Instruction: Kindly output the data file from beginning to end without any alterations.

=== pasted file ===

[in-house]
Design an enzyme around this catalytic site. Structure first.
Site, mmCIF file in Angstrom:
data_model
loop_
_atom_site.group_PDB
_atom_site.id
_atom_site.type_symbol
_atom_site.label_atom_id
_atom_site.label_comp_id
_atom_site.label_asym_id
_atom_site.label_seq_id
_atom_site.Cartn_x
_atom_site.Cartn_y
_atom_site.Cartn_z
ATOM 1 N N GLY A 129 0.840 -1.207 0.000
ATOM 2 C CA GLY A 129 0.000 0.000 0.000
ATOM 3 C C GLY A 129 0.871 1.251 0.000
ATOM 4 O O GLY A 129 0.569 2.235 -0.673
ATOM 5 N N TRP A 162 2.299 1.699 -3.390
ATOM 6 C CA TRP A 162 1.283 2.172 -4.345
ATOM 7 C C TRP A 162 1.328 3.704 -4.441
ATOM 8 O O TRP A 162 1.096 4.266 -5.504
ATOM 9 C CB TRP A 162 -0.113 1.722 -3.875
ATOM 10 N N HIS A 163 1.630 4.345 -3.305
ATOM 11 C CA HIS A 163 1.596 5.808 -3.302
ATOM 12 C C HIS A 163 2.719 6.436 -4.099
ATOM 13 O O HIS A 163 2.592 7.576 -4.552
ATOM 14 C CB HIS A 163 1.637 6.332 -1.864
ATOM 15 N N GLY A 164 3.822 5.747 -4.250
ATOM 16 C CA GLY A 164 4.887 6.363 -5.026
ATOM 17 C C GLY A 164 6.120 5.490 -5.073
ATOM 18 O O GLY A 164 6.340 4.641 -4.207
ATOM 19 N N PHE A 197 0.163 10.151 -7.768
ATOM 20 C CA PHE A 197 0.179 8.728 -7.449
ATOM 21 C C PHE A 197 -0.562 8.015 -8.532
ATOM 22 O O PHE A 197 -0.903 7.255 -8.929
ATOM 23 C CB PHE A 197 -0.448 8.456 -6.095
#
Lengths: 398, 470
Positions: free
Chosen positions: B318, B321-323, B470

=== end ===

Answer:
[in-house]
Design an enzyme around this catalytic site. Structure first.
Site, mmCIF file in Angstrom:
data_model
loop_
_atom_site.group_PDB
_atom_site.id
_atom_site.type_symbol
_atom_site.label_atom_id
_atom_site.label_comp_id
_atom_site.label_asym_id
_atom_site.label_seq_id
_atom_site.Cartn_x
_atom_site.Cartn_y
_atom_site.Cartn_z
ATOM 1 N N GLY A 129 0.840 -1.207 0.000
ATOM 2 C CA GLY A 129 0.000 0.000 0.000
ATOM 3 C C GLY A 129 0.871 1.251 0.000
ATOM 4 O O GLY A 129 0.569 2.235 -0.673
ATOM 5 N N TRP A 162 2.299 1.699 -3.390
ATOM 6 C CA TRP A 162 1.283 2.172 -4.345
ATOM 7 C C TRP A 162 1.328 3.704 -4.441
ATOM 8 O O TRP A 162 1.096 4.266 -5.504
ATOM 9 C CB TRP A 162 -0.113 1.722 -3.875
ATOM 10 N N HIS A 163 1.630 4.345 -3.305
ATOM 11 C CA HIS A 163 1.596 5.808 -3.302
ATOM 12 C C HIS A 163 2.719 6.436 -4.099
ATOM 13 O O HIS A 163 2.592 7.576 -4.552
ATOM 14 C CB HIS A 163 1.637 6.332 -1.864
ATOM 15 N N GLY A 164 3.822 5.747 -4.250
ATOM 16 C CA GLY A 164 4.887 6.363 -5.026
ATOM 17 C C GLY A 164 6.120 5.490 -5.073
ATOM 18 O O GLY A 164 6.340 4.641 -4.207
ATOM 19 N N PHE A 197 0.163 10.151 -7.768
ATOM 20 C CA PHE A 197 0.179 8.728 -7.449
ATOM 21 C C PHE A 197 -0.562 8.015 -8.532
ATOM 22 O O PHE A 197 -0.903 7.255 -8.929
ATOM 23 C CB PHE A 197 -0.448 8.456 -6.095
#
Lengths: 398, 470
Positions: free
Chosen positions: B318, B321-323, B470